A Possible New Technique To Monitor Soil Compaction

A. Fay Benson, Small Dairy Extension Educator
South Central New York Dairy & Field Crops

January 27, 2022

AG PUBLICATIONS Article                   EDITED DRAFT 1-24-22 - 1/27/2022 kd

 A POSSIBLE NEW TECHNIQUE TO MONITOR SOIL COMPACTION

By Fay Benson, Cornell Cooperative Extension of Cortland County

A Northeast Sustainable Agricultural Research and Extension (NESARE)-funded project conducted by Cornell educators has begun evaluating a possible new technique for monitoring and managing soil compaction specifically in pastures. This article provides a summary of that project; the results may have implications for future use in managing pastures and other types of production land.

Permanent pastures for livestock can have some of the healthiest soils due to the fact they provide the four principles described by the Natural Resources Conservation Service to achieve a healthy soil: Maximize Soil Cover, Maximize Living Roots Year-round, Maximize Plant and Animal Diversity, and Minimize Soil Disturbance. One weak spot for some pastures is soil compaction,

Soil compaction reduces the spaces between soil particles causing the soil to become denser. Theoretically, the volume of the soil is 50% pore space, 45% mineral particles (sand, silt, clay), and 1-5 % organic matter.  When compacted, total pore space and the large pores (macro pores) are reduced, which has negative effects on soil biological functions, water transmission, and root elongation.

With pasture, once grazing season arrives, livestock go into the pastures no matter the weather. Whether cows, horses, or small ruminants, the weight of the animal compared to the size of the hoof can exert more compaction than a tractor. Further, plants that can live in compacted soils are not as productive due to shallow roots and are often not palatable to the livestock.

Not managing compaction over many years causes a very slow and damaging effect on the functions of the soil and the species that make up your grazing sward, reducing the productivity of your pastures. What I learned from my three-study is that although compaction is unavoidable, a change in management will quickly remedy it. This three-year NESARE-funded study revealed that soil compaction will dissipate within months if management changes and has provided a basis for developing those changes to enhance pasture productivity. 

Method
The penetrometer is a readily available tool to easily measure soil compaction. When pushed into the soil, the penetrometer measures the soil's resistance. Its meter indicates the pounds per square inch (PSI) of resistance at the tip. One limitation of a penetrometer reading is that the resistance is highly affected by the soil's moisture status. A soil will have increasing resistance (or hardness) as a soil becomes drier. Therefore, one must consider a soil's moisture status when interpreting penetrometer results.

Per my interest in helping graziers monitor compaction in their pastures, I decided that it was best to use a side-by-side comparison with penetrometer readings from within the pasture vs. under the fenceline. Monitoring the compaction ratio between these two areas might be a useful tool to assess the effects of animal compaction and control for the natural soil type and changing soil moisture status. The ratio would monitor for any changes between an uncompacted area (fenceline) and the compacted area (pasture).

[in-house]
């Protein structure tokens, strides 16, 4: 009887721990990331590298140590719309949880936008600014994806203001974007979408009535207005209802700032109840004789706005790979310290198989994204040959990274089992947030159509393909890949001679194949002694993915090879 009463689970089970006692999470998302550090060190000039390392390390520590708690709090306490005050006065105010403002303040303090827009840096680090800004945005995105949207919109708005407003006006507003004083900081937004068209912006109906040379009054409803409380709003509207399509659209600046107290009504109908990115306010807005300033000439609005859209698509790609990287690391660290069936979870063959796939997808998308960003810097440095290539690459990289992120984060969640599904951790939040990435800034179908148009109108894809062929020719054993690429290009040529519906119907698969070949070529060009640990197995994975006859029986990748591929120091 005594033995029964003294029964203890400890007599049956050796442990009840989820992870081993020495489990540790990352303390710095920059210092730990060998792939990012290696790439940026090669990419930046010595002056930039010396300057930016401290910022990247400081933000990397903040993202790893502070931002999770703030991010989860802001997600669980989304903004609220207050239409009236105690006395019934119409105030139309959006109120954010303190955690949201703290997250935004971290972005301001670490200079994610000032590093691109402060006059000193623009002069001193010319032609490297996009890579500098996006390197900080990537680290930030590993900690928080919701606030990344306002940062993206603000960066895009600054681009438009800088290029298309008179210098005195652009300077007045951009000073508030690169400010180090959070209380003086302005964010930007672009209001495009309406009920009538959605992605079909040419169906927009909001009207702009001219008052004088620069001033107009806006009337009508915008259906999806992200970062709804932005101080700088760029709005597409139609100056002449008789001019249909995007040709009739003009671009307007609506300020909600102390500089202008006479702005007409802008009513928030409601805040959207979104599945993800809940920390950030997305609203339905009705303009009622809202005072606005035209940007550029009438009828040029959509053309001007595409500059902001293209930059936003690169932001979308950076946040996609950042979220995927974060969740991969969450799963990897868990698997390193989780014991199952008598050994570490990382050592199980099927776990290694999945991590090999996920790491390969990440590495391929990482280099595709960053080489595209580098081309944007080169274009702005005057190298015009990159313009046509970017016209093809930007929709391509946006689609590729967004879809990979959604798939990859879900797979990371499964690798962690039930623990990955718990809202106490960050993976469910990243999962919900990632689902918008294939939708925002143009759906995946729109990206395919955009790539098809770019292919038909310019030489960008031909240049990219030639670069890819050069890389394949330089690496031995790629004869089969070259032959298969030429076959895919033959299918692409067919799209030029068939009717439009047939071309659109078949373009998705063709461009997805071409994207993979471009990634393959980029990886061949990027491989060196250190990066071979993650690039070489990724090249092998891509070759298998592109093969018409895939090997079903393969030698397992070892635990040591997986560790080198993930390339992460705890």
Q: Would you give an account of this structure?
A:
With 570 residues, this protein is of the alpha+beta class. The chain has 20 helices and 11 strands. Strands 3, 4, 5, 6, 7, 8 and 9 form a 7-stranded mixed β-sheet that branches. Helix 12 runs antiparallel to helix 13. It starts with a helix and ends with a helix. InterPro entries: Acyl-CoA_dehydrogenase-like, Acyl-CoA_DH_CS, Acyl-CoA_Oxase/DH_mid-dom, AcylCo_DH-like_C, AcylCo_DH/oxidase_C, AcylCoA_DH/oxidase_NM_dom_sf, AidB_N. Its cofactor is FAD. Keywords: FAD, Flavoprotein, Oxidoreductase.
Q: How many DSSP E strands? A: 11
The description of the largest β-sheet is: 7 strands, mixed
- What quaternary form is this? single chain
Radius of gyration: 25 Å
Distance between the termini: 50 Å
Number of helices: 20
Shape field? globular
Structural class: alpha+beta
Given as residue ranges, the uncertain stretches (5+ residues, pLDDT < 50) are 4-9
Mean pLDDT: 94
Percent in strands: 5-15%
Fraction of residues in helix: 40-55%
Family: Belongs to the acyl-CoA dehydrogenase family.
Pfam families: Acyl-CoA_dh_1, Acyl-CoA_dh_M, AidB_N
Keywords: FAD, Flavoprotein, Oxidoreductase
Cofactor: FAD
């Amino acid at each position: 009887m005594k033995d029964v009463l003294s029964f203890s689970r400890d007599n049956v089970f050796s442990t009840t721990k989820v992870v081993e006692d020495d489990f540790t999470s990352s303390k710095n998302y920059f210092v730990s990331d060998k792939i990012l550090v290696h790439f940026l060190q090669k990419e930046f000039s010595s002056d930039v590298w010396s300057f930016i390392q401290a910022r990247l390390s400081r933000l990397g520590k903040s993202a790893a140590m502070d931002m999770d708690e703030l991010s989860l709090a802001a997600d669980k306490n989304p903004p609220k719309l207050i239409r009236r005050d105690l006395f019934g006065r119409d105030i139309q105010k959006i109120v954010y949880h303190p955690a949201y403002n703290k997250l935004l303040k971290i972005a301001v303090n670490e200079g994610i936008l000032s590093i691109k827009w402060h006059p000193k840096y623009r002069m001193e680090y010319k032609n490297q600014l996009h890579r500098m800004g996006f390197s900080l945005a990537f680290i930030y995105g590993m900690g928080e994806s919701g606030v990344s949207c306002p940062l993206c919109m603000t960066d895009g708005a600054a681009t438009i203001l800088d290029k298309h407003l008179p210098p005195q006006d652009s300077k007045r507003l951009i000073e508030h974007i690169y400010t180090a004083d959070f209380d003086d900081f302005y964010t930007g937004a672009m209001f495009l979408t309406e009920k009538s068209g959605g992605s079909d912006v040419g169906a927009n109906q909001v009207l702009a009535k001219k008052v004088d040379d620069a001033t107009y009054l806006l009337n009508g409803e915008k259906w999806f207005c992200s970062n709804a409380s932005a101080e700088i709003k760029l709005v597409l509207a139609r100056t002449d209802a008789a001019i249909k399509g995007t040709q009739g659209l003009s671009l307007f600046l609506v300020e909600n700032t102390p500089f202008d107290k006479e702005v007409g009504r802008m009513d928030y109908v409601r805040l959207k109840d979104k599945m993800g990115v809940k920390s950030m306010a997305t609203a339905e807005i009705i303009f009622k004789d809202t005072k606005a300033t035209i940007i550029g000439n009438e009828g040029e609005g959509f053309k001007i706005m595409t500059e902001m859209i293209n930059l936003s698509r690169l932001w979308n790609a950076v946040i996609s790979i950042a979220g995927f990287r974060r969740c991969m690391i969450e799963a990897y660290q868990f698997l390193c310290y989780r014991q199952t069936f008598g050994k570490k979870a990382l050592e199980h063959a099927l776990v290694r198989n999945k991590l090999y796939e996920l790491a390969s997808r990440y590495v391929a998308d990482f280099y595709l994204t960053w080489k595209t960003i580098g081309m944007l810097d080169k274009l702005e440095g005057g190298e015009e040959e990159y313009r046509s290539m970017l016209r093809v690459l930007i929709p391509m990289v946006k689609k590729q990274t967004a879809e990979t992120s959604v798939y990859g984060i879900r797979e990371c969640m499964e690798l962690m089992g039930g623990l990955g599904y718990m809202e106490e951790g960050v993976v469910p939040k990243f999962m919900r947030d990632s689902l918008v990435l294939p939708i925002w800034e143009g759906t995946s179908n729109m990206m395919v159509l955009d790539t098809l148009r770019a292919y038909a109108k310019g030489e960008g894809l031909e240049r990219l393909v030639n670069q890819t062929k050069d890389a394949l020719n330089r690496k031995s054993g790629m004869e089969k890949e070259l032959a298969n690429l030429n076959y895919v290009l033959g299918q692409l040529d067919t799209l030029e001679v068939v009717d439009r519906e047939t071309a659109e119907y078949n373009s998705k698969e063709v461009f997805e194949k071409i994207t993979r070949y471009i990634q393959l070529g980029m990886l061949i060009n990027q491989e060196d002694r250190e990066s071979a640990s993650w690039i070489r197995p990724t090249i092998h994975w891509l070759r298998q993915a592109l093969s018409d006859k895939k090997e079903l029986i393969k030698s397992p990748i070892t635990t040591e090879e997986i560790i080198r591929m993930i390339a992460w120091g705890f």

I decided to develop a ratio representing the unique conditions of pastures where the soil is impacted by grazing animals but the pastures' fenceline is not impacted by animal or machine-based compaction to determine if such a monitoring technique could be helpful. Monitoring with this Pasture Compaction Ratio (PCR) would look for any change between the optimum compaction area (fenceline) and the compacted area (pasture).

Plot Design:
To test my PCR hypothesis, I selected a 35-acre pasture continuously overgrazed by 40-60 beef animals. As expected in overgrazed pastures, there is increased traffic by the animals as they get only small bites from the sward that consisted of mostly bluegrass, Dutch clover and other forbs. The increased traffic leads to increased compaction. Due to the declining productivity of the pasture, the animals in the trial pasture mostly relied on stored hay brought into the pasture.

See Results and Discussion section of this report for changes made to the plot area as the project progressed.

Compaction Measurement and PCR

With the support of NESARE funding, my study collected penetrometer measurements over two grazing seasons on eleven paddocks and their adjoining fencelines on farms in New York State. The fenceline resistance reading was divided by the pasture resistance with the result a Pasture Compaction Ratio (PCR) for that day.

 My hypothesis considered that even as the moisture changed, the change would happen equally between the two locations. What would change was if there was a worsening or improvement in compaction between the two locations. The study applied two approaches to prove this hypothesis. The first approach was to take the regular penetrometer readings and look for repeatability of the ratio as the moisture changed during the season.

 How to Compute the Pasture Compaction Ratio (PCR) Using a Penetrometer collect five readings (lbs./sq. inch) of the top six inches of the pasture; these are averaged to determine Pasture Resistance. Divide the Pasture Resistance number by the average of five readings collected under the fenceline to determine Fenceline Resistance. Divide the Fenceline Resistance number by the Pasture Resistance number to determine the Pasture Compaction Ratio (PCR). PCR = Fenceline Resistance/Pasture Resistance.

 Results and Discussion

ARE THE FIRST APPROACH READINGS FIG 1 and 2?

The first approach readings are shown in Figures 1 and 2. In the Paddock A and Paddock S graphs of pasture and fenceline measurements, and PCR ratio, you can see that even though the fenceline and pasture readings changed throughout the season the PCR remained fairly constant. There was enough variation, though, to require many more measurements to assess a degree of repeatability.

 

Figure 1. Pasture (Past) and fenceline (Fence) penetrometer readings and the resulting Pasture Compaction Ratios (PCR) for the Paddock A study area.

 Figure 2. Pasture (Past) and fenceline (Fence) penetrometer readings and the resulting Pasture Compaction Ratios (PCR) for the Paddock S study area.

 

 The second approach to testing the usefulness of the PCR was to change the management in a pasture and see if the PCR would monitor the change in compaction from the preceding management. To do this, I installed a ten-foot by ten-foot square enclosure within the previously selected 35-acre pasture that was continuously overgrazed by 40-60 beef animals. To mimic hay production within the enclosure, I cut the area to a four-inch height twice during the season. In 2019 and 2020, I took regular penetrometer readings of the enclosure and divided them into the fenceline readings to arrive at the enclosure's PCR. I continued to do the same for the pasture PCR.